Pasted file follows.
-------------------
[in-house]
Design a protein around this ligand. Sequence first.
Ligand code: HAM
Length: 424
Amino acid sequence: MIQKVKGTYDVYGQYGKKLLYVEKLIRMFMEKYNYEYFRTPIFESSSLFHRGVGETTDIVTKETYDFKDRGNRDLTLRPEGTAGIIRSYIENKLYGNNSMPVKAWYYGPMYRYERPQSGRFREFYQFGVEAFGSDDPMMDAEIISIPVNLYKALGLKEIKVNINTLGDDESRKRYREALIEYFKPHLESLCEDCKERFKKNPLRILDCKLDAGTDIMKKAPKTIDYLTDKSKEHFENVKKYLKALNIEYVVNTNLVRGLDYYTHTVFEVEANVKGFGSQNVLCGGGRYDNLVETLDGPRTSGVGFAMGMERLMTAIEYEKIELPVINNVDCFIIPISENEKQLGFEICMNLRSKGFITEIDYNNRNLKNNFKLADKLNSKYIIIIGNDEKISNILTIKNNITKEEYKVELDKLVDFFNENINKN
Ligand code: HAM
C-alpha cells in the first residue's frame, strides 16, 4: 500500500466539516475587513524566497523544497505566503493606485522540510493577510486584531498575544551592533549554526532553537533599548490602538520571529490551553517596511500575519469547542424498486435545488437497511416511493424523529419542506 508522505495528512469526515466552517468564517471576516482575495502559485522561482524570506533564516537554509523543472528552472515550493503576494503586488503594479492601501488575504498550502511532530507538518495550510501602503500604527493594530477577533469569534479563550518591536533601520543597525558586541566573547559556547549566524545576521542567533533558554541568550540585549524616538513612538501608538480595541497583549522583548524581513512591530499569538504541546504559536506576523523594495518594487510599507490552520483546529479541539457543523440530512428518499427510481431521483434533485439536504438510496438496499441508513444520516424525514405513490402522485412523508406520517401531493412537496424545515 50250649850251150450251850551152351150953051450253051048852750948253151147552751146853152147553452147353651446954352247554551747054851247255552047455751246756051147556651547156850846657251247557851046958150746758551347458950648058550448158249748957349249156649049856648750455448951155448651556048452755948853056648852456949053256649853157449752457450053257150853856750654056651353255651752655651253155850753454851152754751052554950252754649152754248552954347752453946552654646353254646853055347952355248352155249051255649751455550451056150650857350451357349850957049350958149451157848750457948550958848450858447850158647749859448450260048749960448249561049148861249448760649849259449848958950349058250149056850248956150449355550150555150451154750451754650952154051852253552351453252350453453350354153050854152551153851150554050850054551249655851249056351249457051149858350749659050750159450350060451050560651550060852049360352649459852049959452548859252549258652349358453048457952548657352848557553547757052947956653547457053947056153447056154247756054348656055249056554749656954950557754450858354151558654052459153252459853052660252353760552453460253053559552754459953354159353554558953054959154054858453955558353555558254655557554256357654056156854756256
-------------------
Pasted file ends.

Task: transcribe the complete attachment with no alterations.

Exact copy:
[in-house]
Design a protein around this ligand. Sequence first.
Ligand code: HAM
Length: 424
Amino acid sequence: MIQKVKGTYDVYGQYGKKLLYVEKLIRMFMEKYNYEYFRTPIFESSSLFHRGVGETTDIVTKETYDFKDRGNRDLTLRPEGTAGIIRSYIENKLYGNNSMPVKAWYYGPMYRYERPQSGRFREFYQFGVEAFGSDDPMMDAEIISIPVNLYKALGLKEIKVNINTLGDDESRKRYREALIEYFKPHLESLCEDCKERFKKNPLRILDCKLDAGTDIMKKAPKTIDYLTDKSKEHFENVKKYLKALNIEYVVNTNLVRGLDYYTHTVFEVEANVKGFGSQNVLCGGGRYDNLVETLDGPRTSGVGFAMGMERLMTAIEYEKIELPVINNVDCFIIPISENEKQLGFEICMNLRSKGFITEIDYNNRNLKNNFKLADKLNSKYIIIIGNDEKISNILTIKNNITKEEYKVELDKLVDFFNENINKN
Ligand code: HAM
C-alpha cells in the first residue's frame, strides 16, 4: 500500500466539516475587513524566497523544497505566503493606485522540510493577510486584531498575544551592533549554526532553537533599548490602538520571529490551553517596511500575519469547542424498486435545488437497511416511493424523529419542506 508522505495528512469526515466552517468564517471576516482575495502559485522561482524570506533564516537554509523543472528552472515550493503576494503586488503594479492601501488575504498550502511532530507538518495550510501602503500604527493594530477577533469569534479563550518591536533601520543597525558586541566573547559556547549566524545576521542567533533558554541568550540585549524616538513612538501608538480595541497583549522583548524581513512591530499569538504541546504559536506576523523594495518594487510599507490552520483546529479541539457543523440530512428518499427510481431521483434533485439536504438510496438496499441508513444520516424525514405513490402522485412523508406520517401531493412537496424545515 50250649850251150450251850551152351150953051450253051048852750948253151147552751146853152147553452147353651446954352247554551747054851247255552047455751246756051147556651547156850846657251247557851046958150746758551347458950648058550448158249748957349249156649049856648750455448951155448651556048452755948853056648852456949053256649853157449752457450053257150853856750654056651353255651752655651253155850753454851152754751052554950252754649152754248552954347752453946552654646353254646853055347952355248352155249051255649751455550451056150650857350451357349850957049350958149451157848750457948550958848450858447850158647749859448450260048749960448249561049148861249448760649849259449848958950349058250149056850248956150449355550150555150451154750451754650952154051852253552351453252350453453350354153050854152551153851150554050850054551249655851249056351249457051149858350749659050750159450350060451050560651550060852049360352649459852049959452548859252549258652349358453048457952548657352848557553547757052947956653547457053947056153447056154247756054348656055249056554749656954950557754450858354151558654052459153252459853052660252353760552453460253053559552754459953354159353554558953054959154054858453955558353555558254655557554256357654056156854756256